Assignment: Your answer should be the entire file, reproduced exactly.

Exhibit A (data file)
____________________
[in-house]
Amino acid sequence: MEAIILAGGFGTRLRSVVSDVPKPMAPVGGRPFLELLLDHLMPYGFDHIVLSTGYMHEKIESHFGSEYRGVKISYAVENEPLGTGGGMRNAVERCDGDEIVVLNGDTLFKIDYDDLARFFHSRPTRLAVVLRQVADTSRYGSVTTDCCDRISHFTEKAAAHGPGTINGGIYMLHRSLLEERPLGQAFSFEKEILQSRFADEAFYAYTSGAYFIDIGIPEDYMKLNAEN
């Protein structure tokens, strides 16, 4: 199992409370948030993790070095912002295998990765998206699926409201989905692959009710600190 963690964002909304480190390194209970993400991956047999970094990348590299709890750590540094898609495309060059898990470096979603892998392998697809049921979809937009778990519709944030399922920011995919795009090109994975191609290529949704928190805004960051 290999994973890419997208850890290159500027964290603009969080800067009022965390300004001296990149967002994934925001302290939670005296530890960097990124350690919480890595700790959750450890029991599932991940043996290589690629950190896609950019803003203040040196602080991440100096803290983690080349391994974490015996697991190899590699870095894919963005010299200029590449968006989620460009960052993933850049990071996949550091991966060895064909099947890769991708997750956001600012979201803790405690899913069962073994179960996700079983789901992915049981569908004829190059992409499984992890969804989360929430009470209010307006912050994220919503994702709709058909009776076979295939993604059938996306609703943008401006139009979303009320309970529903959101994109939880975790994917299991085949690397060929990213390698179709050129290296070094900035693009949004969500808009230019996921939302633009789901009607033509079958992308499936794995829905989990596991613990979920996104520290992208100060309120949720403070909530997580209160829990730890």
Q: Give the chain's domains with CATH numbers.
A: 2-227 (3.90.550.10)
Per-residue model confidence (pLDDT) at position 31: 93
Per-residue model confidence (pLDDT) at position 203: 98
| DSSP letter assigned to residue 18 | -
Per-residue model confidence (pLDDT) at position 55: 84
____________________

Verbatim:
[in-house]
Amino acid sequence: MEAIILAGGFGTRLRSVVSDVPKPMAPVGGRPFLELLLDHLMPYGFDHIVLSTGYMHEKIESHFGSEYRGVKISYAVENEPLGTGGGMRNAVERCDGDEIVVLNGDTLFKIDYDDLARFFHSRPTRLAVVLRQVADTSRYGSVTTDCCDRISHFTEKAAAHGPGTINGGIYMLHRSLLEERPLGQAFSFEKEILQSRFADEAFYAYTSGAYFIDIGIPEDYMKLNAEN
């Protein structure tokens, strides 16, 4: 199992409370948030993790070095912002295998990765998206699926409201989905692959009710600190 963690964002909304480190390194209970993400991956047999970094990348590299709890750590540094898609495309060059898990470096979603892998392998697809049921979809937009778990519709944030399922920011995919795009090109994975191609290529949704928190805004960051 290999994973890419997208850890290159500027964290603009969080800067009022965390300004001296990149967002994934925001302290939670005296530890960097990124350690919480890595700790959750450890029991599932991940043996290589690629950190896609950019803003203040040196602080991440100096803290983690080349391994974490015996697991190899590699870095894919963005010299200029590449968006989620460009960052993933850049990071996949550091991966060895064909099947890769991708997750956001600012979201803790405690899913069962073994179960996700079983789901992915049981569908004829190059992409499984992890969804989360929430009470209010307006912050994220919503994702709709058909009776076979295939993604059938996306609703943008401006139009979303009320309970529903959101994109939880975790994917299991085949690397060929990213390698179709050129290296070094900035693009949004969500808009230019996921939302633009789901009607033509079958992308499936794995829905989990596991613990979920996104520290992208100060309120949720403070909530997580209160829990730890």
Q: Give the chain's domains with CATH numbers.
A: 2-227 (3.90.550.10)
Per-residue model confidence (pLDDT) at position 31: 93
Per-residue model confidence (pLDDT) at position 203: 98
| DSSP letter assigned to residue 18 | -
Per-residue model confidence (pLDDT) at position 55: 84